Coastal to seek treble damages pursuant to the Insurance Code. ACE has also violated the Prompt

Payment Act, and plaintiffs seek 18% interest damages as a penalty, plus reasonable and necessary

attorney’s fees incurred as a result of these violations.

29. These actual and apparent violations of the Texas Insurance Code have caused

plaintiffs damages which they are not presently seeking (with the exception of the Prompt Payment

claim), but which they will seek after they have sent ACE a 60 day notice letter as provided by the

Insurance Code. At that time, plaintiffs will amend their pleading to fully assert these claims and

will seek their damages, including, without limitation economic damages, actual damages,

consequential damages, treble damages, and reasonable and necessary attorneys’ fees.

30. “Bad Faith”. Service Steel and Coastal re-allege paragraphs 1 through 29 of their

complaint as if set forth verbatim. ACE has refused to pay or delayed in paying a claim after

liability has become reasonably clear. This constitutes common law “bad faith.” As a result,

Service Steel and Coastal seek extra-contractual damages provided by the common law, including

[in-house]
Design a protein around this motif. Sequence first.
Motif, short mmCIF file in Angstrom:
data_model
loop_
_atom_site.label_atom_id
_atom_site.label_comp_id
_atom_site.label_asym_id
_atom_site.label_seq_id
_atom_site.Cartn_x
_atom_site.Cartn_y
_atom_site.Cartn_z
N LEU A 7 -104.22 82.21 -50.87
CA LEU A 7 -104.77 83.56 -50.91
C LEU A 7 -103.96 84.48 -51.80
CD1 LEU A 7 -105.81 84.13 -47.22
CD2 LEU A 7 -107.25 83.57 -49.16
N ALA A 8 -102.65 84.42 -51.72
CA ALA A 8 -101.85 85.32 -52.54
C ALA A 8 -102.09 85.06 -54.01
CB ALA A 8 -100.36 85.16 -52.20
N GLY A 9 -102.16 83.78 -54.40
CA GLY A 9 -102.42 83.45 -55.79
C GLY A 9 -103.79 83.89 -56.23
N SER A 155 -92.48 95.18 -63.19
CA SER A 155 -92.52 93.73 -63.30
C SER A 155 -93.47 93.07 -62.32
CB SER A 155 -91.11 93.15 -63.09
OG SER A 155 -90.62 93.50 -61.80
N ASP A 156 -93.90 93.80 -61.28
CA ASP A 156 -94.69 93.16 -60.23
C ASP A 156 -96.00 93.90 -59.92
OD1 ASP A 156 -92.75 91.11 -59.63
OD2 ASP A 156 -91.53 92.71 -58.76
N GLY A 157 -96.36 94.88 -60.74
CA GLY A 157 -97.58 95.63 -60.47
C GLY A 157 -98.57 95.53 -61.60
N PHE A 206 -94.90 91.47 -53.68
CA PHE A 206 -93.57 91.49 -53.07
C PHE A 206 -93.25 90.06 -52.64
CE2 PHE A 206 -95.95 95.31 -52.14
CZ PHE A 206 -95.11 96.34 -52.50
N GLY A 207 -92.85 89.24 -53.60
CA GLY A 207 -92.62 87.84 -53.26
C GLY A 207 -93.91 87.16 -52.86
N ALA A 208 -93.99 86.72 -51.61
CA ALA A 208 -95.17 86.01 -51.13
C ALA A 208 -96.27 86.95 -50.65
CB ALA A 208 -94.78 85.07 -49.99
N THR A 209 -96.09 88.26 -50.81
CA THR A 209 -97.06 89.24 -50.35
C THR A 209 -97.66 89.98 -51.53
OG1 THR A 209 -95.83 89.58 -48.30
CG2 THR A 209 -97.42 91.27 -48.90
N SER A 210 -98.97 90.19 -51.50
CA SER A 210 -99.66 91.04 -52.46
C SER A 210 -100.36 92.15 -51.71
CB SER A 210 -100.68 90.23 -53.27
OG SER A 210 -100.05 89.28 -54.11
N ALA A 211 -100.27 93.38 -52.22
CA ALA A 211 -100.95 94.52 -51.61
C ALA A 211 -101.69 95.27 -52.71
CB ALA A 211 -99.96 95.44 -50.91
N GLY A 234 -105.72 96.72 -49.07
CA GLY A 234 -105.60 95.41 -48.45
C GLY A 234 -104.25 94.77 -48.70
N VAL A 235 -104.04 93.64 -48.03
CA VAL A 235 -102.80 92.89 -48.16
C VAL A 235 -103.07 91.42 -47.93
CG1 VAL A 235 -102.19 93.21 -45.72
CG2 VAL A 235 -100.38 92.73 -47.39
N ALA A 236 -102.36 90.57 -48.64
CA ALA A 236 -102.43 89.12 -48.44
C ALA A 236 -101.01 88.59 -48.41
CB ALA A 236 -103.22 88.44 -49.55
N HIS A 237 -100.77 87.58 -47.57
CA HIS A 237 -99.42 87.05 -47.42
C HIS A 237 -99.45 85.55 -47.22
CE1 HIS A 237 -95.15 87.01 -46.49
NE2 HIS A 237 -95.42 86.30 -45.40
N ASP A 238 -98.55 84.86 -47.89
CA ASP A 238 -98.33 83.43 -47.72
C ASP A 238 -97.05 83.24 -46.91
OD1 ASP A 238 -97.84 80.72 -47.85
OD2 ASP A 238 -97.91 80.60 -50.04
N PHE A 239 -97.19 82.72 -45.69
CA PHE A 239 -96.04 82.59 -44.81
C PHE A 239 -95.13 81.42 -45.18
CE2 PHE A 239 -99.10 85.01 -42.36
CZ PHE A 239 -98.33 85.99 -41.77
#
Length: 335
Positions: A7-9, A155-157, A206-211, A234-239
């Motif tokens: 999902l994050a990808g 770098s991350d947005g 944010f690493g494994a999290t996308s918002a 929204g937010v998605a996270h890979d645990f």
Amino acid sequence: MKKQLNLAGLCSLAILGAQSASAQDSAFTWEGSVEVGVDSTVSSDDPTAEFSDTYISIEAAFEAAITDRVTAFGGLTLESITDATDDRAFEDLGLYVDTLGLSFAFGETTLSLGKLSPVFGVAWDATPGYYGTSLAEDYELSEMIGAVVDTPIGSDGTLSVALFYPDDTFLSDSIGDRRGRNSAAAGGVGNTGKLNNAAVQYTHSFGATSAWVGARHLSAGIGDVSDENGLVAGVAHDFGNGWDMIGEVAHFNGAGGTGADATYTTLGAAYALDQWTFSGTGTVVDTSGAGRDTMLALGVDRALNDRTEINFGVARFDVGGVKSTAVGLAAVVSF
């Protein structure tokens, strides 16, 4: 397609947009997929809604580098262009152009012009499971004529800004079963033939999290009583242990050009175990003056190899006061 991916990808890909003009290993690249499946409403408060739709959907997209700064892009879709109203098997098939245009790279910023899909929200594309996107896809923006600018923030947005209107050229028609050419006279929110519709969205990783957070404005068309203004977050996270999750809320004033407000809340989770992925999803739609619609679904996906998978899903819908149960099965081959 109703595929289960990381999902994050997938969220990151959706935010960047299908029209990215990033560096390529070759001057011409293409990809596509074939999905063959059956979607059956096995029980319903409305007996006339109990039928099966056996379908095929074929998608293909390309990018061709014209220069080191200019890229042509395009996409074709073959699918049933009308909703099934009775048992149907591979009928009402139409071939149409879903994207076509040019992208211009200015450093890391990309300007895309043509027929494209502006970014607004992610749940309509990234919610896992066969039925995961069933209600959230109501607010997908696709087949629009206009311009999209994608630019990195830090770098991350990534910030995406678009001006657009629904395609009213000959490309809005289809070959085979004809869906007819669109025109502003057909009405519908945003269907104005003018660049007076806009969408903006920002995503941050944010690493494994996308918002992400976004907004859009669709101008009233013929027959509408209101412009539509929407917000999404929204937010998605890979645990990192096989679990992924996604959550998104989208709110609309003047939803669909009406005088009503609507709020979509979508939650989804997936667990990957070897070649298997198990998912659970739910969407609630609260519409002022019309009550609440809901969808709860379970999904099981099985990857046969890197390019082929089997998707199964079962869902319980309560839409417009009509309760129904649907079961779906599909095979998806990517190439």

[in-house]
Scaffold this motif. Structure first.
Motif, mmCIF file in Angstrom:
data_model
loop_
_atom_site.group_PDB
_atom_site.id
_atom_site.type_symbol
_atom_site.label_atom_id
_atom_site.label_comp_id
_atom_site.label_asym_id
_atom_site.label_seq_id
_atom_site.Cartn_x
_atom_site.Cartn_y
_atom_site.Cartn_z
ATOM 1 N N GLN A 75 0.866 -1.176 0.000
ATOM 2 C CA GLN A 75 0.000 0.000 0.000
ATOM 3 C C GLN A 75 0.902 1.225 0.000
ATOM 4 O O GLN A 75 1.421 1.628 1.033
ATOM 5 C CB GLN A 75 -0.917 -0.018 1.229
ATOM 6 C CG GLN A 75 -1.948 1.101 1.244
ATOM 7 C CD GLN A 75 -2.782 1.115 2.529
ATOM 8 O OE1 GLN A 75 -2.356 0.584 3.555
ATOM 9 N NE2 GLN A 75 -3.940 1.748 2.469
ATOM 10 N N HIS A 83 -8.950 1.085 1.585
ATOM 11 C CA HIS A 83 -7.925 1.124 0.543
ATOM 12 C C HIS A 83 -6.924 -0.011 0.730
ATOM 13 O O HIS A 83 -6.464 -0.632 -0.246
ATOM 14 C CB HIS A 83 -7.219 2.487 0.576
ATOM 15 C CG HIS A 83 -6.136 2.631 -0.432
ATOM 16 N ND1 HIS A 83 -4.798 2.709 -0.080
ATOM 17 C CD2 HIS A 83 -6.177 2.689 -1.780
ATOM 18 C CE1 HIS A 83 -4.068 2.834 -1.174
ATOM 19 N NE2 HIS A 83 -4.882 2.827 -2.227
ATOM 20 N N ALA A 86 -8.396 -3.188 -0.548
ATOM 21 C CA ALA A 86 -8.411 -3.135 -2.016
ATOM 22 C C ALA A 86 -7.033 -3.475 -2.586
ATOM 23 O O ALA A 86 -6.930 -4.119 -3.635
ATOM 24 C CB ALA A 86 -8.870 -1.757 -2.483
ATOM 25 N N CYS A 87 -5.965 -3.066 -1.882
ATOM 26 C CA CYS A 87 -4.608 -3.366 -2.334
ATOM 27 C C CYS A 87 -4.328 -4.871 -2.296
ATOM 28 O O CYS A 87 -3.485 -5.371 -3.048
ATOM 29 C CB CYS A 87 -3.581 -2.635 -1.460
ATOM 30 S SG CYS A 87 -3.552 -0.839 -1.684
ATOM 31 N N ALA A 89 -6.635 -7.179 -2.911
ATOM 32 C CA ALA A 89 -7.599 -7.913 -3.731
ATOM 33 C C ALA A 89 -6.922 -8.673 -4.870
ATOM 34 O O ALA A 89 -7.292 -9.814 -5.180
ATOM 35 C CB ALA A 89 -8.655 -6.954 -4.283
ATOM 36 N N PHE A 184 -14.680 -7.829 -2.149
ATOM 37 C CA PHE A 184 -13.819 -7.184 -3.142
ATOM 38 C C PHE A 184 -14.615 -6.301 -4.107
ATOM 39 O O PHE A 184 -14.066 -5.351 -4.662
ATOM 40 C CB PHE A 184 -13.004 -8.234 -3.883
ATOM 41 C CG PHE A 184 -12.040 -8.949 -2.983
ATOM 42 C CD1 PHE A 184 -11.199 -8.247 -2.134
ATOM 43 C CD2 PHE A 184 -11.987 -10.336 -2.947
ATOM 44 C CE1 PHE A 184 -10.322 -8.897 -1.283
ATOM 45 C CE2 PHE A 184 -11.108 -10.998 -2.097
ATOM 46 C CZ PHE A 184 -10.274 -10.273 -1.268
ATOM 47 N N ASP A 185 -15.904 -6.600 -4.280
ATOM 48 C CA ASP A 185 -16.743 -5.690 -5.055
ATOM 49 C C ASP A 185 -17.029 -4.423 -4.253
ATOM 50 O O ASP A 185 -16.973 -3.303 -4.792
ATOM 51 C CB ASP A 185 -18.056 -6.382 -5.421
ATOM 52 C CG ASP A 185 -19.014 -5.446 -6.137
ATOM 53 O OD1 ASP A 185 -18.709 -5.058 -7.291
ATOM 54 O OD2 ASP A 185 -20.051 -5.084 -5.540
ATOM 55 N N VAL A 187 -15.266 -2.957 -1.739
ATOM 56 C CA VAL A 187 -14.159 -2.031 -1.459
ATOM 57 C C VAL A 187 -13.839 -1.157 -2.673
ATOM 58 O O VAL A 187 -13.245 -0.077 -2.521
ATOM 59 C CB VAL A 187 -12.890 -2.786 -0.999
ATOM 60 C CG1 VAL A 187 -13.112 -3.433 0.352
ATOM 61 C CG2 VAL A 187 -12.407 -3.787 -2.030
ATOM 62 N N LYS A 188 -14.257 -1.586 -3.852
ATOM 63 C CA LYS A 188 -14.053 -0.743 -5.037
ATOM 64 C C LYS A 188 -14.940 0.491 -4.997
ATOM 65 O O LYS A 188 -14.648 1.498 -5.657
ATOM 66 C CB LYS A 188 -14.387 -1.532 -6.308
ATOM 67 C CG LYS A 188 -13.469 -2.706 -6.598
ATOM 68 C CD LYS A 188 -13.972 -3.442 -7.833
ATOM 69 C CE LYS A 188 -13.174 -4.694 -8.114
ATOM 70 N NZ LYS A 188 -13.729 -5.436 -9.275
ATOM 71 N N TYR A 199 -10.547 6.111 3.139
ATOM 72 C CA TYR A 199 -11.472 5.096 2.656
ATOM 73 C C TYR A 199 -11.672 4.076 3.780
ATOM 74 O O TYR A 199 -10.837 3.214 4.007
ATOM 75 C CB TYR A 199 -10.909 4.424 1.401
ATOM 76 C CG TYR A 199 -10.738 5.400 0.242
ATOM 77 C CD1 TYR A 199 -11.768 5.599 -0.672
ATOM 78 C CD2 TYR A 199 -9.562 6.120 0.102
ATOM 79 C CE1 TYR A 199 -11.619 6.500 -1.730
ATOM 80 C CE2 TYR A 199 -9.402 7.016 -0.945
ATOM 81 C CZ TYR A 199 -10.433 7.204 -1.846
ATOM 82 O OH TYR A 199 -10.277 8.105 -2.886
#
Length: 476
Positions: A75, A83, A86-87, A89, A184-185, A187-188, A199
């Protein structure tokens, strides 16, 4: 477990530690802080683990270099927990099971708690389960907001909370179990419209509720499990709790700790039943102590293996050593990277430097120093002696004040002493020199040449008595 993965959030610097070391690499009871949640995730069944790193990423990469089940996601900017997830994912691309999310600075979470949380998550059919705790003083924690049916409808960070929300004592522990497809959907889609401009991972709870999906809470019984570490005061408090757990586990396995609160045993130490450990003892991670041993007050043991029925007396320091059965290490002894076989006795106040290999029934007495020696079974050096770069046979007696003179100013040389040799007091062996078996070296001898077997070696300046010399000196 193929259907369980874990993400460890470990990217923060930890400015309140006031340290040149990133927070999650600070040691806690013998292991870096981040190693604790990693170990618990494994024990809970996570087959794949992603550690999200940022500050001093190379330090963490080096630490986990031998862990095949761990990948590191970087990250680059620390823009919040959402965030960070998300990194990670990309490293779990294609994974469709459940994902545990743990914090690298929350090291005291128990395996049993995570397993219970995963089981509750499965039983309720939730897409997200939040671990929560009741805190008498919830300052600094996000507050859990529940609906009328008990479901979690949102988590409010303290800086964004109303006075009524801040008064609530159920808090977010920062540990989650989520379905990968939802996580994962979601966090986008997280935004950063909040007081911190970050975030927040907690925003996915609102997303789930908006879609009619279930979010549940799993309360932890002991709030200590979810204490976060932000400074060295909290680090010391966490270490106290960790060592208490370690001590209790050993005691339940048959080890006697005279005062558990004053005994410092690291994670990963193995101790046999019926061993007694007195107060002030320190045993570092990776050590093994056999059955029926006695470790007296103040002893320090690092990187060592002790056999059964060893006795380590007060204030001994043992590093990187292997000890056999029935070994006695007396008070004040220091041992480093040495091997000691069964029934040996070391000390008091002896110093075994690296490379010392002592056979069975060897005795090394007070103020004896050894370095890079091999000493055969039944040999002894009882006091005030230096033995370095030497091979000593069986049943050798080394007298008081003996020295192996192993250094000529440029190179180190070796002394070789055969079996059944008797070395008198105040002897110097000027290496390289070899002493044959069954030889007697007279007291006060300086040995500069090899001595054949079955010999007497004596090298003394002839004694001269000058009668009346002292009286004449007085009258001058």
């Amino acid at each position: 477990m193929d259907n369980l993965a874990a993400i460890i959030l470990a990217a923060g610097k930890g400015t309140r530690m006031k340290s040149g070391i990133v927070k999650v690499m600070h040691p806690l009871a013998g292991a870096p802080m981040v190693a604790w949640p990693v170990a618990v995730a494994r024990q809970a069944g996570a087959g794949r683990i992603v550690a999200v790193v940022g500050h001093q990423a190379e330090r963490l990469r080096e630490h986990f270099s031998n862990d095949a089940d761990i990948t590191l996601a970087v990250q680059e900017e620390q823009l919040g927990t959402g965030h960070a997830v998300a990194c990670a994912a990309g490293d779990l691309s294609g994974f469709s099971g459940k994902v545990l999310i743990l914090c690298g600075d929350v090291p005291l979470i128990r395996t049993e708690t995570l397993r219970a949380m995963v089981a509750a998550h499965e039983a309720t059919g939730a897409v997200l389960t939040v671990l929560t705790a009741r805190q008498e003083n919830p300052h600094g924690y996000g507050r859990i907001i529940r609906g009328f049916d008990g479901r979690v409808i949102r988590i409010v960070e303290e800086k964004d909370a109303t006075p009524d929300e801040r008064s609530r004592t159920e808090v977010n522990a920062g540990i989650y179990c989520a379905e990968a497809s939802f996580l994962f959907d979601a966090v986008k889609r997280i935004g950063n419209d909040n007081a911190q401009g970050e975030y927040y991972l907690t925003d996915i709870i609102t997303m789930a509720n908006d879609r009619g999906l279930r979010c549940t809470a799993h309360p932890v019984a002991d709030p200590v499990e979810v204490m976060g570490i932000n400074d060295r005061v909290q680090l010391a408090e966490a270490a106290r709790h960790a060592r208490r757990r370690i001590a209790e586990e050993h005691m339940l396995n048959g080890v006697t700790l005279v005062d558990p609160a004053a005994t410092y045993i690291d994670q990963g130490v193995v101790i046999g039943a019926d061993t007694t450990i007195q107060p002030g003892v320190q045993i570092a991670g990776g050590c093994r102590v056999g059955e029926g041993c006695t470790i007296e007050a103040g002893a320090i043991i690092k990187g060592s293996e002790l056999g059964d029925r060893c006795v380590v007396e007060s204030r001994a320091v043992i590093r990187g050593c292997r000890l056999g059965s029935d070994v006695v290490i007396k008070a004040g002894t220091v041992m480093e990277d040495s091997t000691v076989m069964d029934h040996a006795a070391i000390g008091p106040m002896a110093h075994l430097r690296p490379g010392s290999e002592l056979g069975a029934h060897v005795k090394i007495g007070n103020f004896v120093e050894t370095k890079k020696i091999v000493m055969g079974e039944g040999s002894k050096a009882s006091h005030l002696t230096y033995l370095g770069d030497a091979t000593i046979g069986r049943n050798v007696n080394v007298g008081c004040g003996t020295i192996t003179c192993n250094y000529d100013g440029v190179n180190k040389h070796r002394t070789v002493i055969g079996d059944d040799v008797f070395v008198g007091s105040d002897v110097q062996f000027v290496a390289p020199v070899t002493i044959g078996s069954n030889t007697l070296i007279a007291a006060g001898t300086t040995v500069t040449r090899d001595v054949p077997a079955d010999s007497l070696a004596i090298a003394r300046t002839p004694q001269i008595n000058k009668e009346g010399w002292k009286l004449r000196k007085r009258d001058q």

punitive damages. Service Steel and Coastal have sustained and continue to sustain serious damage

to their property and business as a result of ACE’s refusal to honor its Policy, and ACE is well

aware of this ongoing damage.

31. ACE has refused to make payment on plaintiffs’ claims even though its liability is

reasonably clear, and has refused to pay, delayed in paying or offered grossly inadequate and

unconscionable sums to settle the claims submitted by its policyholders. Such wrongful actions

were and continue to be committed knowingly, deliberately, intentionally and with reckless

disregard for the well being of ACE’s insureds. As such, ACE has breached its common law duty
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of good faith and fair dealing, and Service Steel and Coastal are entitled to recover their actual

damages, consequential damages, punitive damages, and pre- and post-judgment interest.

32. Attorney’s fees. Service Steel and Coastal have been required to engage the

services of the undersigned attorneys and have agreed to pay their attorneys a reasonable fee for